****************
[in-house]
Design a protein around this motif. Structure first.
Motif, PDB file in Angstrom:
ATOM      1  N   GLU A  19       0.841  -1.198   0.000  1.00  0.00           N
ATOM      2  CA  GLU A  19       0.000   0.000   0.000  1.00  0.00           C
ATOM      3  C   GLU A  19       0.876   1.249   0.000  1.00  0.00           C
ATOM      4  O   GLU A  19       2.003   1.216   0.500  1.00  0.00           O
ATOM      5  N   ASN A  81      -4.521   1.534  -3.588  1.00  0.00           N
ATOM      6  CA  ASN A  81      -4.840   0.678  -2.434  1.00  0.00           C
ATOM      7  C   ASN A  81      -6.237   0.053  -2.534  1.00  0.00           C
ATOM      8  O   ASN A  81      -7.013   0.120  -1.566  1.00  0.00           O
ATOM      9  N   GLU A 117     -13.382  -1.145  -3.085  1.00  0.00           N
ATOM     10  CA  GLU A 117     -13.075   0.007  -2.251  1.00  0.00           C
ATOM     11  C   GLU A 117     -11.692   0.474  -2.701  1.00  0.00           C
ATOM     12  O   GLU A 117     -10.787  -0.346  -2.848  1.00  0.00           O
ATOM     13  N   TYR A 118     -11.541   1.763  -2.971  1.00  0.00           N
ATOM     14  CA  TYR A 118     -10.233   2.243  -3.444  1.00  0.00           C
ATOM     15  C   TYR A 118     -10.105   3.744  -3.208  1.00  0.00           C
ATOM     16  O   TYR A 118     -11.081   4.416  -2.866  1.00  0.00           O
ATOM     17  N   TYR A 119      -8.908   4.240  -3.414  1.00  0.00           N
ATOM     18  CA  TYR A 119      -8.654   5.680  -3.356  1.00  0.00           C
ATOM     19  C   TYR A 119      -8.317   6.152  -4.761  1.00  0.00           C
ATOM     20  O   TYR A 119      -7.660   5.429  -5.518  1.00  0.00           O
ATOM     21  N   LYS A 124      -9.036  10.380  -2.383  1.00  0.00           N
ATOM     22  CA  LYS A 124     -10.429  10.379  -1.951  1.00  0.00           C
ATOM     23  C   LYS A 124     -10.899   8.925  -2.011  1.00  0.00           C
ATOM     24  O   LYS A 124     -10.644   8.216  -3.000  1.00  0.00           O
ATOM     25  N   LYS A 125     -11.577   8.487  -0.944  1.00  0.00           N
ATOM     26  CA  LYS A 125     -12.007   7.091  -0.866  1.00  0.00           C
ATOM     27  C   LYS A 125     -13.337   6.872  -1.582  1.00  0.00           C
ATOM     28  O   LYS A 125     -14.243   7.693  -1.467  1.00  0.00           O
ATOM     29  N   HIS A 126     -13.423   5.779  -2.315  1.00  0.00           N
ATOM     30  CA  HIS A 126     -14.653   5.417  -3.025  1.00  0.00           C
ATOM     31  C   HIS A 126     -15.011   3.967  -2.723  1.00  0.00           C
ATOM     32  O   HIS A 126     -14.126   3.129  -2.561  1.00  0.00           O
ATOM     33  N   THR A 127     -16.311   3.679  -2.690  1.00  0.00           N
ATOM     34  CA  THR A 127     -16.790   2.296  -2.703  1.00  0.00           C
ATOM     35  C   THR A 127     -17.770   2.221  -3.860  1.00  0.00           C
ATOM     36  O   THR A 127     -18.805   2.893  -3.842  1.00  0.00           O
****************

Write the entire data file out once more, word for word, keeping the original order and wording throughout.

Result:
[in-house]
Design a protein around this motif. Structure first.
Motif, PDB file in Angstrom:
ATOM      1  N   GLU A  19       0.841  -1.198   0.000  1.00  0.00           N
ATOM      2  CA  GLU A  19       0.000   0.000   0.000  1.00  0.00           C
ATOM      3  C   GLU A  19       0.876   1.249   0.000  1.00  0.00           C
ATOM      4  O   GLU A  19       2.003   1.216   0.500  1.00  0.00           O
ATOM      5  N   ASN A  81      -4.521   1.534  -3.588  1.00  0.00           N
ATOM      6  CA  ASN A  81      -4.840   0.678  -2.434  1.00  0.00           C
ATOM      7  C   ASN A  81      -6.237   0.053  -2.534  1.00  0.00           C
ATOM      8  O   ASN A  81      -7.013   0.120  -1.566  1.00  0.00           O
ATOM      9  N   GLU A 117     -13.382  -1.145  -3.085  1.00  0.00           N
ATOM     10  CA  GLU A 117     -13.075   0.007  -2.251  1.00  0.00           C
ATOM     11  C   GLU A 117     -11.692   0.474  -2.701  1.00  0.00           C
ATOM     12  O   GLU A 117     -10.787  -0.346  -2.848  1.00  0.00           O
ATOM     13  N   TYR A 118     -11.541   1.763  -2.971  1.00  0.00           N
ATOM     14  CA  TYR A 118     -10.233   2.243  -3.444  1.00  0.00           C
ATOM     15  C   TYR A 118     -10.105   3.744  -3.208  1.00  0.00           C
ATOM     16  O   TYR A 118     -11.081   4.416  -2.866  1.00  0.00           O
ATOM     17  N   TYR A 119      -8.908   4.240  -3.414  1.00  0.00           N
ATOM     18  CA  TYR A 119      -8.654   5.680  -3.356  1.00  0.00           C
ATOM     19  C   TYR A 119      -8.317   6.152  -4.761  1.00  0.00           C
ATOM     20  O   TYR A 119      -7.660   5.429  -5.518  1.00  0.00           O
ATOM     21  N   LYS A 124      -9.036  10.380  -2.383  1.00  0.00           N
ATOM     22  CA  LYS A 124     -10.429  10.379  -1.951  1.00  0.00           C
ATOM     23  C   LYS A 124     -10.899   8.925  -2.011  1.00  0.00           C
ATOM     24  O   LYS A 124     -10.644   8.216  -3.000  1.00  0.00           O
ATOM     25  N   LYS A 125     -11.577   8.487  -0.944  1.00  0.00           N
ATOM     26  CA  LYS A 125     -12.007   7.091  -0.866  1.00  0.00           C
ATOM     27  C   LYS A 125     -13.337   6.872  -1.582  1.00  0.00           C
ATOM     28  O   LYS A 125     -14.243   7.693  -1.467  1.00  0.00           O
ATOM     29  N   HIS A 126     -13.423   5.779  -2.315  1.00  0.00           N
ATOM     30  CA  HIS A 126     -14.653   5.417  -3.025  1.00  0.00           C
ATOM     31  C   HIS A 126     -15.011   3.967  -2.723  1.00  0.00           C
ATOM     32  O   HIS A 126     -14.126   3.129  -2.561  1.00  0.00           O
ATOM     33  N   THR A 127     -16.311   3.679  -2.690  1.00  0.00           N
ATOM     34  CA  THR A 127     -16.790   2.296  -2.703  1.00  0.00           C
ATOM     35  C   THR A 127     -17.770   2.221  -3.860  1.00  0.00           C
ATOM     36  O   THR A 127     -18.805   2.893  -3.842  1.00  0.00           O